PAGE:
Today’s ‘Robots’ Haven’t Replaced 1980s Investors

The market rejoiced when the latest inflation update came out last week…

As my colleague Karina Kovalcik noted yesterday, the Consumer Price Index (“CPI”) showed a 7.7% year-over-year gain in October. And stocks ripped higher in response.

The CPI result was a bit lower than the projected 7.9% increase. And notably, it was also below the inflation gauge’s 8.2% reading in September and roughly 9% peak in June.

In short, the Federal Reserve’s inflation-fighting strategy seems to be working.

That shouldn’t surprise regular Chaikin PowerFeed readers, though…

We covered the Fed’s strategy a little more than a month ago. On October 11, I wrote…

I realize that what I’m about to say is hard to accept. But right now…

The Fed is getting it right.

I’m serious. And we have data to support that claim.

Long ago, fighting inflation might’ve seemed impossible…

We didn’t yet fully understand the way money supply, interest rates, and inflation related to one another. So the Fed of yesteryear was trying something new and unproven.

That’s no longer the case…

You see, the central bank now has a time-tested playbook. And the playbook is working.

The good news is that the Fed broke the CPI’s upward momentum. However, the war against inflation isn’t over yet.

As you’ll see today, another big battle lies ahead…

I explained last month that we’re dealing with “demand-pull inflation.” That just means too much money is chasing an inadequate supply of goods and services.

This time, the excess supply of money came from all the stimulus in the wake of the COVID-19 pandemic. And with shortages of all sorts of goods, that money chased limited supplies.

The Fed (or anyone) can’t just snap its fingers and fix the problem. It can’t just create more goods and services to match the excess supply of money.

So the Fed is doing the only thing it can…

It’s raising interest rates to suppress the money supply and demand for goods and services.

Unfortunately, demand suppression means companies generate less revenue. They try to protect profits by cutting costs – often through layoffs. That’s the essence of a recession.

We don’t know how much more economic pain will occur before the money supply and economic activity realign. But we can turn to history for some critical clues…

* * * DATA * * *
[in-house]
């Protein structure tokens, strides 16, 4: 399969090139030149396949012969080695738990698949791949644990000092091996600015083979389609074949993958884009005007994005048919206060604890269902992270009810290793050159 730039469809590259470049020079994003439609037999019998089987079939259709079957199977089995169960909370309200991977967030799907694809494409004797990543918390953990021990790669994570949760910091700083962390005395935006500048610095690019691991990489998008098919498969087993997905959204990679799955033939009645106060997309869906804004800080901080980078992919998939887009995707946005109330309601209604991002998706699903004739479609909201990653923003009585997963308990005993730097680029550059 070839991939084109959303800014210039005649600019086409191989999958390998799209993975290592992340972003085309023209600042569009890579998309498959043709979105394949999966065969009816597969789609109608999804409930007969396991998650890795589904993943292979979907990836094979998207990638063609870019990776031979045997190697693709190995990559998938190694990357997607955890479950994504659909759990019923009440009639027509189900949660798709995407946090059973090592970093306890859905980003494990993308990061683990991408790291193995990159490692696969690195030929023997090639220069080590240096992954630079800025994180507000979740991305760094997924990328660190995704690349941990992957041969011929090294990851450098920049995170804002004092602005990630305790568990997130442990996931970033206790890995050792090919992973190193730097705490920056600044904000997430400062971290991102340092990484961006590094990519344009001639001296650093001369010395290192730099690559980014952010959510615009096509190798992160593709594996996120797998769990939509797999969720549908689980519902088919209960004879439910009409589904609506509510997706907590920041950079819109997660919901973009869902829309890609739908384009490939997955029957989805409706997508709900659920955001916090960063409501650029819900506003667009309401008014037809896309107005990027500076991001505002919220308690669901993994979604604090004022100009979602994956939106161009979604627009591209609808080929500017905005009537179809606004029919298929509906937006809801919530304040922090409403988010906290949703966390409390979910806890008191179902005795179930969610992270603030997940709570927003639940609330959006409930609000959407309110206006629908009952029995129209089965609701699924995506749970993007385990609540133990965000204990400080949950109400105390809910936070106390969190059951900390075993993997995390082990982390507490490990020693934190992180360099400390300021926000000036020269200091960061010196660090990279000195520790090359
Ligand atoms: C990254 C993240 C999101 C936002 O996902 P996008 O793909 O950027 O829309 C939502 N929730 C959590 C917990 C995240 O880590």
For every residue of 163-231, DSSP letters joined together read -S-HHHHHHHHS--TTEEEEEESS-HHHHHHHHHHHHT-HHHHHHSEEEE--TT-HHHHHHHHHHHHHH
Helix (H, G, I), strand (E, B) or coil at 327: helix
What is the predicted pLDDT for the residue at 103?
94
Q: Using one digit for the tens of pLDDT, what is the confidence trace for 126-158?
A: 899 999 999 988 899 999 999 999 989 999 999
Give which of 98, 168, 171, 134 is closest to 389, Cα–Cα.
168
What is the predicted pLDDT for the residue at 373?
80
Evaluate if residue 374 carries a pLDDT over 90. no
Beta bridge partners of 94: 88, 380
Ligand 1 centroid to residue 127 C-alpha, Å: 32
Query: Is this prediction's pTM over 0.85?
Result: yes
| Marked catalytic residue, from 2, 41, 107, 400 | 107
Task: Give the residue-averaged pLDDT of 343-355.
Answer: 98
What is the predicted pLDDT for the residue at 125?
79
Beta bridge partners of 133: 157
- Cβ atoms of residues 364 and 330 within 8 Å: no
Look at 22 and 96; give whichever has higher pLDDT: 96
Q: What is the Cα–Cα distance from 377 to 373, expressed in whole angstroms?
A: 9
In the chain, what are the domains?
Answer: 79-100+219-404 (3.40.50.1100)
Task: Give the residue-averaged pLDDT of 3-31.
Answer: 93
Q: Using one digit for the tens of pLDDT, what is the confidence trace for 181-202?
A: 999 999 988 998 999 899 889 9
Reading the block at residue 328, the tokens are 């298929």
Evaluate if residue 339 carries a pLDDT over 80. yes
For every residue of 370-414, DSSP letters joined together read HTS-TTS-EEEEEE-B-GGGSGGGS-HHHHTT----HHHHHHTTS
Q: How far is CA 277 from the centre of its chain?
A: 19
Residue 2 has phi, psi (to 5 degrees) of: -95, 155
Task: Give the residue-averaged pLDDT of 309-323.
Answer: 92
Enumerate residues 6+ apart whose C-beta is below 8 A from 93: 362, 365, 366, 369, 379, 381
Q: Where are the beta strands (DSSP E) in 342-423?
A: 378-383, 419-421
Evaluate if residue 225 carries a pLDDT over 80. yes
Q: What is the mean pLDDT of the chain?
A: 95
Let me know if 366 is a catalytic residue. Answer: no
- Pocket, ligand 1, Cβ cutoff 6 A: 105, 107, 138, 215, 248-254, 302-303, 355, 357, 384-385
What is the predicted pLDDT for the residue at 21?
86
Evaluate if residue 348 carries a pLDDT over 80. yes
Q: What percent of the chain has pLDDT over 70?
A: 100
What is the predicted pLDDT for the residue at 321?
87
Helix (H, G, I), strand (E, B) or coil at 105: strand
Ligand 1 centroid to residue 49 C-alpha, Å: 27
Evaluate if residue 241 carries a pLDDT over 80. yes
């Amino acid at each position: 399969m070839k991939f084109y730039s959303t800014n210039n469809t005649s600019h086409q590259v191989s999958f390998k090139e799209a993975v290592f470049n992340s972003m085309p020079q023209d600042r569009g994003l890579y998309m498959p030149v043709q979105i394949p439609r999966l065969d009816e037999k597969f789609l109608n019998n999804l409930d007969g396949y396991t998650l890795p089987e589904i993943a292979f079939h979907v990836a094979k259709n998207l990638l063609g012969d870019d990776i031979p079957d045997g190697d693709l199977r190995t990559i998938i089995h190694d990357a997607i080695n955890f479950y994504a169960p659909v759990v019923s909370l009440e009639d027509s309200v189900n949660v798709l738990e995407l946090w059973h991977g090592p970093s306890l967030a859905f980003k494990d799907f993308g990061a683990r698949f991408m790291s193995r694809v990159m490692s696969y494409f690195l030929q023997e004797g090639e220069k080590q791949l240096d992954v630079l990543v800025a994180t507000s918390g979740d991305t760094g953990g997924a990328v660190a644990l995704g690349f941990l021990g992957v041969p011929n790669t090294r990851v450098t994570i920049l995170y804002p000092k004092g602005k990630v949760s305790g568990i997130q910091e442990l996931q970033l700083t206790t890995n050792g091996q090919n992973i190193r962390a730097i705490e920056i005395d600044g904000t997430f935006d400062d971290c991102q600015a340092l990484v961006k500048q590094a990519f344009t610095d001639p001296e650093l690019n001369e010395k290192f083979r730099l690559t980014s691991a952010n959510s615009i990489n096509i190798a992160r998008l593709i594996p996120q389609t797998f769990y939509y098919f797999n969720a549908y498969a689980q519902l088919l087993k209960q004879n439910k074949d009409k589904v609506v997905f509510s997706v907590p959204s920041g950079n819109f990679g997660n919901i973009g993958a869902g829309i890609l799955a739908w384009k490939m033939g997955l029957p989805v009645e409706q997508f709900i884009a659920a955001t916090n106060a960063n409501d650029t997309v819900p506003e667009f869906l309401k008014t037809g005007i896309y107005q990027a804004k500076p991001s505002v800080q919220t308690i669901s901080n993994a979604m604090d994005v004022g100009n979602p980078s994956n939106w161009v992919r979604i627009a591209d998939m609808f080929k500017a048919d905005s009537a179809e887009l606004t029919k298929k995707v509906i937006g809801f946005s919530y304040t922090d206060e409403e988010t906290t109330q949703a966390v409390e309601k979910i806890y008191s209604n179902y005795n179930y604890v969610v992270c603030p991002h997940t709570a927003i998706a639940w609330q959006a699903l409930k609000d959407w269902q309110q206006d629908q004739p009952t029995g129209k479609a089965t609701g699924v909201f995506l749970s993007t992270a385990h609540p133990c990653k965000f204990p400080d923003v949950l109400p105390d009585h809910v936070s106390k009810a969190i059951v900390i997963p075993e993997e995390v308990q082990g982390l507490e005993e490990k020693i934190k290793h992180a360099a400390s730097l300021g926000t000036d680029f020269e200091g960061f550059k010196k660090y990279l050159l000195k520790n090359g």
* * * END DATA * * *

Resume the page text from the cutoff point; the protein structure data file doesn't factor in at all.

Specifically, I’m talking about the early 1980s. That’s the last time inflation caused this much trouble in the U.S. And here’s how things played out with the CPI back then…

The shaded areas on the chart indicate recessions.

As you can see, we experienced a six-month recession in early 1980. Then, we endured a longer recession well after the Fed won the first round of its fight against inflation.

As mid-1982 approached, investors still hated inflation rates above 5%. And even worse, many folks feared that inflation would soar back up to double-digit percentages.

Then, on August 17, 1982, Salomon Brothers Chief Economist Henry Kaufman – nicknamed “Dr. Doom” for his harsh prognostications – told the world that disinflation was real.

Many folks didn’t believe it at first. But before long, enough investors bought into the idea to launch stocks into a mega-rally that lasted for the better part of 40 years.

That rally got started near the end of the longer recession in the early 1980s. And it was a little less than two and a half years after inflation started to soften.

In other words… investors remained wary for a very long time.

This is where the 1980s-era precedent gets murky…

These days, we’re seeing bursts of hope and caution. The markets swing wildly on every little bit of news. And it’s hard to tell how much is being driven by investor sentiment alone.

“FOMO” – the fear of missing out – is much more prominent today than in the 1980s, too. With information traveling so rapidly, no one wants to be late to the recovery.

There’s another new twist these days…

The markets didn’t have as many institutionally unleashed “robots” back then.

The company I worked for in the 1980s had mandatory rounding conventions for estimates. My manager would’ve yelled at me if I estimated $1.04 per share instead of $1.05.

It’s much different today. If a company reports $1.04 per share in earnings versus a Wall Street consensus estimate of $1.05, the stock might fall off a cliff.

A similar result could happen if the CPI isn’t “perfect” in next month’s update. For example, imagine what might happen if it comes in at 7.8% in November versus a 7.6% estimate.

Sure, the world has changed. But the thing is…

Sentiment still plays a major role. That’s true even if it’s robot sentiment.

And history tells us that investors can stay skittish – even when the worst is over…

That was the case with human investors in the 1980s. It’s still the case with human investors today. And I bet that it’s true for all the robot investors as well.

Keep that in mind. Don’t blindly rush back into stocks after one good inflation report.

Good investing,

Marc Gerstein

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